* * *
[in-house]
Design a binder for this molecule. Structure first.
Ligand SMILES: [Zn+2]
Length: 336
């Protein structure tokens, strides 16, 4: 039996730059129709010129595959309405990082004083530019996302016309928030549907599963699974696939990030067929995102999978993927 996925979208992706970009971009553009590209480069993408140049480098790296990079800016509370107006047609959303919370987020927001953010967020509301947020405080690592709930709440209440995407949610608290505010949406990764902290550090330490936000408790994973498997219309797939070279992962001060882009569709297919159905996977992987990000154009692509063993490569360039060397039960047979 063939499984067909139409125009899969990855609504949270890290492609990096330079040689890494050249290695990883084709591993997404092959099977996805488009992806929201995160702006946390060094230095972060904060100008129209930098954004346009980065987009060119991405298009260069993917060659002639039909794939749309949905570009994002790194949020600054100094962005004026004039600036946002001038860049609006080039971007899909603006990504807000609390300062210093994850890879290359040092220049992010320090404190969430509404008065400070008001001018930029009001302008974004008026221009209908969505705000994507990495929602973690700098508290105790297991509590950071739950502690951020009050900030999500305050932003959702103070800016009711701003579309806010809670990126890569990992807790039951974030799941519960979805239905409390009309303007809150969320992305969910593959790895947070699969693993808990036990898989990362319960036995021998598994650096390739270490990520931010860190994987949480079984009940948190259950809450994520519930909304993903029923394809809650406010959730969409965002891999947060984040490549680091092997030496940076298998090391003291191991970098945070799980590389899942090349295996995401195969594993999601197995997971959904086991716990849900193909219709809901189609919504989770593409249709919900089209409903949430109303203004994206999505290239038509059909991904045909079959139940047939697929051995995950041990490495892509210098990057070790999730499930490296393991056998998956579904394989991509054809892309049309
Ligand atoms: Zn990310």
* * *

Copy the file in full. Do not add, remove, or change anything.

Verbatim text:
[in-house]
Design a binder for this molecule. Structure first.
Ligand SMILES: [Zn+2]
Length: 336
């Protein structure tokens, strides 16, 4: 039996730059129709010129595959309405990082004083530019996302016309928030549907599963699974696939990030067929995102999978993927 996925979208992706970009971009553009590209480069993408140049480098790296990079800016509370107006047609959303919370987020927001953010967020509301947020405080690592709930709440209440995407949610608290505010949406990764902290550090330490936000408790994973498997219309797939070279992962001060882009569709297919159905996977992987990000154009692509063993490569360039060397039960047979 063939499984067909139409125009899969990855609504949270890290492609990096330079040689890494050249290695990883084709591993997404092959099977996805488009992806929201995160702006946390060094230095972060904060100008129209930098954004346009980065987009060119991405298009260069993917060659002639039909794939749309949905570009994002790194949020600054100094962005004026004039600036946002001038860049609006080039971007899909603006990504807000609390300062210093994850890879290359040092220049992010320090404190969430509404008065400070008001001018930029009001302008974004008026221009209908969505705000994507990495929602973690700098508290105790297991509590950071739950502690951020009050900030999500305050932003959702103070800016009711701003579309806010809670990126890569990992807790039951974030799941519960979805239905409390009309303007809150969320992305969910593959790895947070699969693993808990036990898989990362319960036995021998598994650096390739270490990520931010860190994987949480079984009940948190259950809450994520519930909304993903029923394809809650406010959730969409965002891999947060984040490549680091092997030496940076298998090391003291191991970098945070799980590389899942090349295996995401195969594993999601197995997971959904086991716990849900193909219709809901189609919504989770593409249709919900089209409903949430109303203004994206999505290239038509059909991904045909079959139940047939697929051995995950041990490495892509210098990057070790999730499930490296393991056998998956579904394989991509054809892309049309
Ligand atoms: Zn990310």